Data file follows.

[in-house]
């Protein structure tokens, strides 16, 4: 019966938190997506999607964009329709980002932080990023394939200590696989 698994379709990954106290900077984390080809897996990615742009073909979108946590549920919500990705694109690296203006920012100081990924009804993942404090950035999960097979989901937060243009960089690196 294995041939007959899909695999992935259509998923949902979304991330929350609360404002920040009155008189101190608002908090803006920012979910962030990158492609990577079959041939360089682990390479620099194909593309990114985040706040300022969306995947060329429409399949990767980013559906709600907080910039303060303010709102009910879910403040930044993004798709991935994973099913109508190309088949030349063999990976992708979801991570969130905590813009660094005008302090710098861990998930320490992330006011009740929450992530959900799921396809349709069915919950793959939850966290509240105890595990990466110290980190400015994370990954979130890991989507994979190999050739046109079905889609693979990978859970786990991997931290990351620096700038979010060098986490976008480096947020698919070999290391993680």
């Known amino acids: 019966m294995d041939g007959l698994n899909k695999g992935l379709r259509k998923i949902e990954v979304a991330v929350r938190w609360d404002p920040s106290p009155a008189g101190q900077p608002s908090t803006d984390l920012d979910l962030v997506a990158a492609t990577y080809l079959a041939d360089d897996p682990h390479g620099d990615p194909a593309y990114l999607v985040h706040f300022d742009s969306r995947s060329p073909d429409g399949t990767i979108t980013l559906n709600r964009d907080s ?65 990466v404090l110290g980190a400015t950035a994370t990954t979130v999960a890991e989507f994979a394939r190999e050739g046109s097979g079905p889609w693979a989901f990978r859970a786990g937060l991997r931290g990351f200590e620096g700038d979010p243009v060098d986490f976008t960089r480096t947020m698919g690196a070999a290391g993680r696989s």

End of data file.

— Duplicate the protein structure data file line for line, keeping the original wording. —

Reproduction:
[in-house]
């Protein structure tokens, strides 16, 4: 019966938190997506999607964009329709980002932080990023394939200590696989 698994379709990954106290900077984390080809897996990615742009073909979108946590549920919500990705694109690296203006920012100081990924009804993942404090950035999960097979989901937060243009960089690196 294995041939007959899909695999992935259509998923949902979304991330929350609360404002920040009155008189101190608002908090803006920012979910962030990158492609990577079959041939360089682990390479620099194909593309990114985040706040300022969306995947060329429409399949990767980013559906709600907080910039303060303010709102009910879910403040930044993004798709991935994973099913109508190309088949030349063999990976992708979801991570969130905590813009660094005008302090710098861990998930320490992330006011009740929450992530959900799921396809349709069915919950793959939850966290509240105890595990990466110290980190400015994370990954979130890991989507994979190999050739046109079905889609693979990978859970786990991997931290990351620096700038979010060098986490976008480096947020698919070999290391993680």
């Known amino acids: 019966m294995d041939g007959l698994n899909k695999g992935l379709r259509k998923i949902e990954v979304a991330v929350r938190w609360d404002p920040s106290p009155a008189g101190q900077p608002s908090t803006d984390l920012d979910l962030v997506a990158a492609t990577y080809l079959a041939d360089d897996p682990h390479g620099d990615p194909a593309y990114l999607v985040h706040f300022d742009s969306r995947s060329p073909d429409g399949t990767i979108t980013l559906n709600r964009d907080s ?65 990466v404090l110290g980190a400015t950035a994370t990954t979130v999960a890991e989507f994979a394939r190999e050739g046109s097979g079905p889609w693979a989901f990978r859970a786990g937060l991997r931290g990351f200590e620096g700038d979010p243009v060098d986490f976008t960089r480096t947020m698919g690196a070999a290391g993680r696989s």